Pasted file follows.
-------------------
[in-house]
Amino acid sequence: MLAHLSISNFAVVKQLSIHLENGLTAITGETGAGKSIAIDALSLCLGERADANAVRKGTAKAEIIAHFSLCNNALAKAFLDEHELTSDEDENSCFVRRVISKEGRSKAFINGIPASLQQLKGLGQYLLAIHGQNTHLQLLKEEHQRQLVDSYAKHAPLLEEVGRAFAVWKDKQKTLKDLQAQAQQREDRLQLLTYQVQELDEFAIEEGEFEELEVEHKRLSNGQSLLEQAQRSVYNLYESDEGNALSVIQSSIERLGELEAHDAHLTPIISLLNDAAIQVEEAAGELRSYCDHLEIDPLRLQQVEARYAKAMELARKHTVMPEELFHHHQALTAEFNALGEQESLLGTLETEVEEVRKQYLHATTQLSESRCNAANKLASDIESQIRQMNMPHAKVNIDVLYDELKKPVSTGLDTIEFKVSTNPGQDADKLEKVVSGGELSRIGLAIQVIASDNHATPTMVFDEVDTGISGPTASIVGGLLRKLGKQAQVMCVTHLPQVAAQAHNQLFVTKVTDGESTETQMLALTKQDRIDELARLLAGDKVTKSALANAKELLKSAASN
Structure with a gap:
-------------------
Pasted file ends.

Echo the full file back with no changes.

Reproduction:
[in-house]
Amino acid sequence: MLAHLSISNFAVVKQLSIHLENGLTAITGETGAGKSIAIDALSLCLGERADANAVRKGTAKAEIIAHFSLCNNALAKAFLDEHELTSDEDENSCFVRRVISKEGRSKAFINGIPASLQQLKGLGQYLLAIHGQNTHLQLLKEEHQRQLVDSYAKHAPLLEEVGRAFAVWKDKQKTLKDLQAQAQQREDRLQLLTYQVQELDEFAIEEGEFEELEVEHKRLSNGQSLLEQAQRSVYNLYESDEGNALSVIQSSIERLGELEAHDAHLTPIISLLNDAAIQVEEAAGELRSYCDHLEIDPLRLQQVEARYAKAMELARKHTVMPEELFHHHQALTAEFNALGEQESLLGTLETEVEEVRKQYLHATTQLSESRCNAANKLASDIESQIRQMNMPHAKVNIDVLYDELKKPVSTGLDTIEFKVSTNPGQDADKLEKVVSGGELSRIGLAIQVIASDNHATPTMVFDEVDTGISGPTASIVGGLLRKLGKQAQVMCVTHLPQVAAQAHNQLFVTKVTDGESTETQMLALTKQDRIDELARLLAGDKVTKSALANAKELLKSAASN
Structure with a gap: